- Aragon: Aragon is a decentralized governance platform that enables organizations to run on the Ethereum blockchain. It's focused on giving power back to the community, and it offers a wide range of features to help DAOs run smoothly.
- Colony: Colony is a decentralized network of companies and freelancers that work together to get things done. It's focused on efficient collaboration, and it offers a suite of tools to help DAOs coordinate work and manage finances.
- dOrg: dOrg is a full-service blockchain agency that specializes in DAO development. It offers a wide range of services, from tokenomics to community management.
The Regulatory, Governance, and Tax Landscape
The regulatory, governance, and tax landscape for DAOs is still evolving. In the United States, the Securities and Exchange Commission (SEC) has yet to issue clear guidance on how DAOs should be regulated. This leaves many questions unanswered, such as:
- Are DAO tokens securities?
- How should DAOs be governed?
- What kind of taxes do DAOs need to pay?
While DAOs were once considered by many in the Web3 space to be pseudo-anarchistic and beyond the reach of traditional institutions, this is no longer the case. As DAOs become more popular and more money flows into them, it's inevitable that regulators will take notice.
The Technology Landscape
DAOs, in theory, operate on a blockchain, and blockchains are largely closed-loop systems. That is, they don't interact with the traditional financial system.
But in practice, many DAOs do need to interface with fiat currency (government-issued currency, like USD) and traditional financial institutions. For example, a DAO might need to pay its employees in fiat, or it might need to purchase goods and services from vendors that don't accept cryptocurrency.
Not only that, but everything from messaging to meetings is typically not done on a blockchain. That's why most DAOs use off-chain solutions for these activities. The balance between decentralization, convenience, and security is a delicate one, and it's something that DAO participants need to be aware of.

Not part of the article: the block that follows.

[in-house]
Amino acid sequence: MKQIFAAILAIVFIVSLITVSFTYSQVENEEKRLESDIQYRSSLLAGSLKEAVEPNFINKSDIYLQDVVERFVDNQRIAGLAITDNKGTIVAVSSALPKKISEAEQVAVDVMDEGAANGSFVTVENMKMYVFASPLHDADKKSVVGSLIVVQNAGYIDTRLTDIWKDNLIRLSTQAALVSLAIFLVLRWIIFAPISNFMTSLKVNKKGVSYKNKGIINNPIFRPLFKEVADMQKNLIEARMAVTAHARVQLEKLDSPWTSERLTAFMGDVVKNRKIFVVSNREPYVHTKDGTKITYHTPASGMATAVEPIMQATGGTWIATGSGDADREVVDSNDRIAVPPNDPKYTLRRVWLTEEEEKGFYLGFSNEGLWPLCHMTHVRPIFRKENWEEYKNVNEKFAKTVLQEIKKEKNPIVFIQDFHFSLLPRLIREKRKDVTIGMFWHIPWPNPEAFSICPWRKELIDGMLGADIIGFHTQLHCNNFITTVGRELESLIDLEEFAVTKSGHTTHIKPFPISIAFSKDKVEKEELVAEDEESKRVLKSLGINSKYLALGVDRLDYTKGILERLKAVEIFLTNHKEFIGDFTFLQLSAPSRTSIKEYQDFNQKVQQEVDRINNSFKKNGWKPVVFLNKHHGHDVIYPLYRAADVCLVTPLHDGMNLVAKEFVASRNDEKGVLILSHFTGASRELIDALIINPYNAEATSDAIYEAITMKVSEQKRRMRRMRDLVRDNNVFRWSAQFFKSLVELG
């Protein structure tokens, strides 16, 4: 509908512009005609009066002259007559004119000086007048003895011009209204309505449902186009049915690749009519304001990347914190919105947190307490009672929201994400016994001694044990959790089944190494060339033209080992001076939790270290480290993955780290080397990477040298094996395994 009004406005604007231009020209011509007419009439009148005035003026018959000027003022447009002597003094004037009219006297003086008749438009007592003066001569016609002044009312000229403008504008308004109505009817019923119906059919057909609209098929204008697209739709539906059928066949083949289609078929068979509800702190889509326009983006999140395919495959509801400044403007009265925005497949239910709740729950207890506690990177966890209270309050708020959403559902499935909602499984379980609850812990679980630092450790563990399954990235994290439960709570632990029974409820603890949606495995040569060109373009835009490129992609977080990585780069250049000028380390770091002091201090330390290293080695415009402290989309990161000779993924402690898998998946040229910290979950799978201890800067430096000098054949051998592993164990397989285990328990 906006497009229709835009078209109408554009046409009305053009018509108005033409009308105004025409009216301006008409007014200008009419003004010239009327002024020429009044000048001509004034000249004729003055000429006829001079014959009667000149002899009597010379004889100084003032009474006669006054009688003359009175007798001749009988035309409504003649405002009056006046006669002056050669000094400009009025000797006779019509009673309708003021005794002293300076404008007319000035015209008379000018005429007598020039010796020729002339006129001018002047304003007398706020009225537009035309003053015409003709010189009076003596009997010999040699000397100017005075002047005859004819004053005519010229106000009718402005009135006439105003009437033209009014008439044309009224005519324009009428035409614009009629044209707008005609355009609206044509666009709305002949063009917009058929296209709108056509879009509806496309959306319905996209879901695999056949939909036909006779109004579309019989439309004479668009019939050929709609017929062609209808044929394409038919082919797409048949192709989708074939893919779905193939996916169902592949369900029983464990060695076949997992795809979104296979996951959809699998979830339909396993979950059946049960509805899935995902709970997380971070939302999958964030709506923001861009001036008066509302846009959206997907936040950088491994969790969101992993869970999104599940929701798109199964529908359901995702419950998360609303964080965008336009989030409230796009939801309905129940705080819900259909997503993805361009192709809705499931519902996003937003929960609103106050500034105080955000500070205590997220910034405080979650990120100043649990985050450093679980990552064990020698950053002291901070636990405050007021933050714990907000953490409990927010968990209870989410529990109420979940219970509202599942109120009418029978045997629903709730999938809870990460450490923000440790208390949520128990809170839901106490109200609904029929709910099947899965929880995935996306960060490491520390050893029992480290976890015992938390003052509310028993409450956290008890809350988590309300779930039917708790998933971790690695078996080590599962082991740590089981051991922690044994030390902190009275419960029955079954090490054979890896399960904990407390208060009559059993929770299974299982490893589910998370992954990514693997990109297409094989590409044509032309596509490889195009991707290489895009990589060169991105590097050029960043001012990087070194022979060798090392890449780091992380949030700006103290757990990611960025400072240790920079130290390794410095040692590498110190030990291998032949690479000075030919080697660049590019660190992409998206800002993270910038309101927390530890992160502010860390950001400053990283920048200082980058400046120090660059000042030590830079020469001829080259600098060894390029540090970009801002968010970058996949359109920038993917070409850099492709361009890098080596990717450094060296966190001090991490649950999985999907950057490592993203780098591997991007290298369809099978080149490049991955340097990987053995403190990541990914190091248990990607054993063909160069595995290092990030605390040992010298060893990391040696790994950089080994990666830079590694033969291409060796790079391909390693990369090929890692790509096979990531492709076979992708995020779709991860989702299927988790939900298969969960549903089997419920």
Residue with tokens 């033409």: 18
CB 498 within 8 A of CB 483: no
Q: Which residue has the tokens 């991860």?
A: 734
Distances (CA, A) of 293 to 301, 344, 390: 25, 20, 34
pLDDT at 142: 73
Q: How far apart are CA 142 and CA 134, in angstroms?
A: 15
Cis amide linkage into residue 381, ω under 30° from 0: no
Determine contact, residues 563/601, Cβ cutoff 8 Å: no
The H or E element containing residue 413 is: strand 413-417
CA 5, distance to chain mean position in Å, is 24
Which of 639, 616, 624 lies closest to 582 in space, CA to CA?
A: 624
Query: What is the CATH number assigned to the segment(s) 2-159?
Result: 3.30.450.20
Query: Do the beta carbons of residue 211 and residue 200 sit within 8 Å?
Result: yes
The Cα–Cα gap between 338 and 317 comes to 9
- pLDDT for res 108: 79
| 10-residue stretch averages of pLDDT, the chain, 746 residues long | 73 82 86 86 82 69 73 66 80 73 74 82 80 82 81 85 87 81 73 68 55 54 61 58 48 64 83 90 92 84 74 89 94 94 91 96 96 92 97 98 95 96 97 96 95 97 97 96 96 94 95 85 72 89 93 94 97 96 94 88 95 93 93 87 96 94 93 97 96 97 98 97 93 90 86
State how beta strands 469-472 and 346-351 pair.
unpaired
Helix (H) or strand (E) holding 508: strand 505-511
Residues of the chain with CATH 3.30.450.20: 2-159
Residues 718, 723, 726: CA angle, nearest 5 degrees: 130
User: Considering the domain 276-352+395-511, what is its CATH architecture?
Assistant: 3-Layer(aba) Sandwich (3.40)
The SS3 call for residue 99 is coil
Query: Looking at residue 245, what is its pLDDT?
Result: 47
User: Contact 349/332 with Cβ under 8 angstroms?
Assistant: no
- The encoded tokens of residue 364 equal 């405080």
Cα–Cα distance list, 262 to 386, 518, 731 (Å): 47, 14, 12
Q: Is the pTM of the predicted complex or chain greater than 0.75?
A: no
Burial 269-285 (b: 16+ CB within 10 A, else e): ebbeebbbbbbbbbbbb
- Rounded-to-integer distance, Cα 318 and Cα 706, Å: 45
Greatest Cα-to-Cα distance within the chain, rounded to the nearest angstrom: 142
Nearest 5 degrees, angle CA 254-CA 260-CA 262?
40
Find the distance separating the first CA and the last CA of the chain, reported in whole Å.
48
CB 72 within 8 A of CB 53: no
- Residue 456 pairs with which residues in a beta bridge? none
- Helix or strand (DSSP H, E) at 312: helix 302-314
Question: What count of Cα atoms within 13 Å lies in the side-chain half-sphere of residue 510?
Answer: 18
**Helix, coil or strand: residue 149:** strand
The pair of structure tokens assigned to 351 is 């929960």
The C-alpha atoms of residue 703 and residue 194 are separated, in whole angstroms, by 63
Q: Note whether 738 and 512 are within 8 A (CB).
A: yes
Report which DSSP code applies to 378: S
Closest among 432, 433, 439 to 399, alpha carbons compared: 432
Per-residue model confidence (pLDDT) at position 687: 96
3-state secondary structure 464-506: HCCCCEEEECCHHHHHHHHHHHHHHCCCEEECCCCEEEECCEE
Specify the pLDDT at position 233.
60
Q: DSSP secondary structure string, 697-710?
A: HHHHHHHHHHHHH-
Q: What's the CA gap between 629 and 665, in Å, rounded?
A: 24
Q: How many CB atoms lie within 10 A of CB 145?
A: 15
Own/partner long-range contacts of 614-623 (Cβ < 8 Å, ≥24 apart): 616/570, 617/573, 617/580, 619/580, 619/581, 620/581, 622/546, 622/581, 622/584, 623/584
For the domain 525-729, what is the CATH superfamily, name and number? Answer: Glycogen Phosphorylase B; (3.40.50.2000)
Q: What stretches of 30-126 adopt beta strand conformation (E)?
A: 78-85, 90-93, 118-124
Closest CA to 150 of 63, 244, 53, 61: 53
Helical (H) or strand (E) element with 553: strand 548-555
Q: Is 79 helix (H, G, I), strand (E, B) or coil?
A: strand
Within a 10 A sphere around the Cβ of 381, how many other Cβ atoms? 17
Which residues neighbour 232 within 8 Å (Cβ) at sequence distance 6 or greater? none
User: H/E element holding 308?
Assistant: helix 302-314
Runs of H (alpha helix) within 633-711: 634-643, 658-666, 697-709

The Economic Landscape
DAOs are a new type of organization, and they're still grappling with how to create value. In traditional companies, shareholder equity typically comes from two sources: debt and equity. Debt is money that is borrowed and needs to be repaid, with interest. Equity is ownership in the company, and it can be sold for a profit.
In a DAO, there is typically no equity. Instead, value is created through the use of tokens.
DAOs are a new type of organization, and they offer a number of advantages over traditional companies. They're decentralized, autonomous, and they run on code rather than being centrally controlled. They also have the potential to create value in new ways, through the use of tokens.
However, setting up a DAO is not without its challenges. There are many moving parts, and it's important to get the incentives right. There's also the regulatory, governance, and tax landscape to consider. And finally, there's the technology landscape, which is constantly changing.
Despite these challenges, DAOs offer a lot of promise. They're a new way of organizing that could potentially upend the traditional corporate model. And as more and more money flows into them, they're only going to become more popular.